Farming: Ruminant gas not as bad as once thought

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Less than a decade ago, fingers were being pointed at sheep and cattle, accusing these ruminants of being major contributors to environment-damaging carbon dioxide emissions.

This week SAC sheep and beef specialist, Dr Jimmy Hyslop, said that the accusation did not stand on its own and that there was every chance that the grassland on which the livestock was grazing could restore any imbalance in gas production.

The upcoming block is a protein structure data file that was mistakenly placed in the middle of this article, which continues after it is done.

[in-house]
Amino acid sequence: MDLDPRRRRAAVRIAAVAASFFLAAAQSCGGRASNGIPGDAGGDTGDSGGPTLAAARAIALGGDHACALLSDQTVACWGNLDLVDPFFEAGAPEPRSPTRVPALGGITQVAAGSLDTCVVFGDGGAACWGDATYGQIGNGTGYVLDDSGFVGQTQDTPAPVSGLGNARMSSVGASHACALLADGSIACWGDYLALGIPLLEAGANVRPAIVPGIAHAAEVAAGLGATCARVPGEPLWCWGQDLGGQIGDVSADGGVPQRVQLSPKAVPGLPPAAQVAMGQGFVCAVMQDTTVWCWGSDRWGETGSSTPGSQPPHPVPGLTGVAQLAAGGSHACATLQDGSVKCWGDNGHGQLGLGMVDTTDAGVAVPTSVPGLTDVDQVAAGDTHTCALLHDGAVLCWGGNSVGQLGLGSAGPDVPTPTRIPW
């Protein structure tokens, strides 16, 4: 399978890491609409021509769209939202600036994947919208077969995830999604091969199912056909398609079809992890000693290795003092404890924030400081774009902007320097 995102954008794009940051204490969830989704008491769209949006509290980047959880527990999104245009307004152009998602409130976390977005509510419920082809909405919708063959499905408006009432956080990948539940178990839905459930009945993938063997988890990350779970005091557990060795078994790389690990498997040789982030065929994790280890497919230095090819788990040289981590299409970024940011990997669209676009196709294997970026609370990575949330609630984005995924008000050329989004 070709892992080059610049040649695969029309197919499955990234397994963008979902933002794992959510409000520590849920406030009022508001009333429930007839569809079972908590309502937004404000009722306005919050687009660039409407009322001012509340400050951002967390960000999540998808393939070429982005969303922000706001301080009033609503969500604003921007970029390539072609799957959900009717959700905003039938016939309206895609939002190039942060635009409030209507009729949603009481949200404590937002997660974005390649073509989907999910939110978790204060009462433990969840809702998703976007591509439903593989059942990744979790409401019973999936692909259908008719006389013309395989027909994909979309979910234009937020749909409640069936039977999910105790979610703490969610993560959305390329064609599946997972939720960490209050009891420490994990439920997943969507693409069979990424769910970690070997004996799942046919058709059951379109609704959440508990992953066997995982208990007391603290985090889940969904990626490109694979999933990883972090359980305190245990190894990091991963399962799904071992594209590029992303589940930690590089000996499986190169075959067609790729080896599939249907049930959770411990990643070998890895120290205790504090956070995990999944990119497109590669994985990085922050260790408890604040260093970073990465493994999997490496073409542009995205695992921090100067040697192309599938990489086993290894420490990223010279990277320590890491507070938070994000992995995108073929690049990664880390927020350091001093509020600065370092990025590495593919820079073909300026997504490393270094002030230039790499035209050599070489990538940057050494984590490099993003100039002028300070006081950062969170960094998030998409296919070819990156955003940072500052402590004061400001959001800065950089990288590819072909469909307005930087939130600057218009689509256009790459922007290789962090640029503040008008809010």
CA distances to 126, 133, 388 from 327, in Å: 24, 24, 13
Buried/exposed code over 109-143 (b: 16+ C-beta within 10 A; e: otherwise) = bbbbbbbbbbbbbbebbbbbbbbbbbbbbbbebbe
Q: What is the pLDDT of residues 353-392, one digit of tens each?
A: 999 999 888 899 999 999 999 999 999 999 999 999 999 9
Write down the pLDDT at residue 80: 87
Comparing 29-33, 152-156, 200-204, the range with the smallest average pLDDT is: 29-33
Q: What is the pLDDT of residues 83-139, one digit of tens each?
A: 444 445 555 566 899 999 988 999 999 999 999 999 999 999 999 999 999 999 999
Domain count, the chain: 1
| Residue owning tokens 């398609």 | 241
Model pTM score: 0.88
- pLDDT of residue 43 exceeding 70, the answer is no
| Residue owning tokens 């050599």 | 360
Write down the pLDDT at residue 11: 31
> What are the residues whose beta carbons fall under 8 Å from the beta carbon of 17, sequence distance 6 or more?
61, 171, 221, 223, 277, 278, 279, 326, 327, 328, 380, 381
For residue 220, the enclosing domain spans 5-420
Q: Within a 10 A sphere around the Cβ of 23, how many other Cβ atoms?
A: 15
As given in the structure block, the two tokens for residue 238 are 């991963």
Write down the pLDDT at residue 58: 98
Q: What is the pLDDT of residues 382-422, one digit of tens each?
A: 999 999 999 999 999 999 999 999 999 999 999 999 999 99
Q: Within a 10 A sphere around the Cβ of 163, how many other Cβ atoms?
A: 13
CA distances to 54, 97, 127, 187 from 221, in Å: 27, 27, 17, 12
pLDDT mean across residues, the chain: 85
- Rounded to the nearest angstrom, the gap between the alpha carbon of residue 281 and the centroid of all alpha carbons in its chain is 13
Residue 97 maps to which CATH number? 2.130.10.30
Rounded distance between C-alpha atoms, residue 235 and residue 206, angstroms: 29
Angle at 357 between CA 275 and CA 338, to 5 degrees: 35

Speaking at a meeting held by Quality Meat Scotland, he said that research he had carried out on a range of livestock farms across the country had identified their carbon footprint which is the amount of gas produced from the stock. Depending on the intensity of production and the efficiency of the enterprise, these could vary quite markedly.

Some new work suggested that grassland could be accumulating CO2 at a rate of just over one tonne per hectare which was, he told delegates, very close to the average CO2 production from his research work.

“The figures previously suggested may not be as bad as has been made out,” he claimed.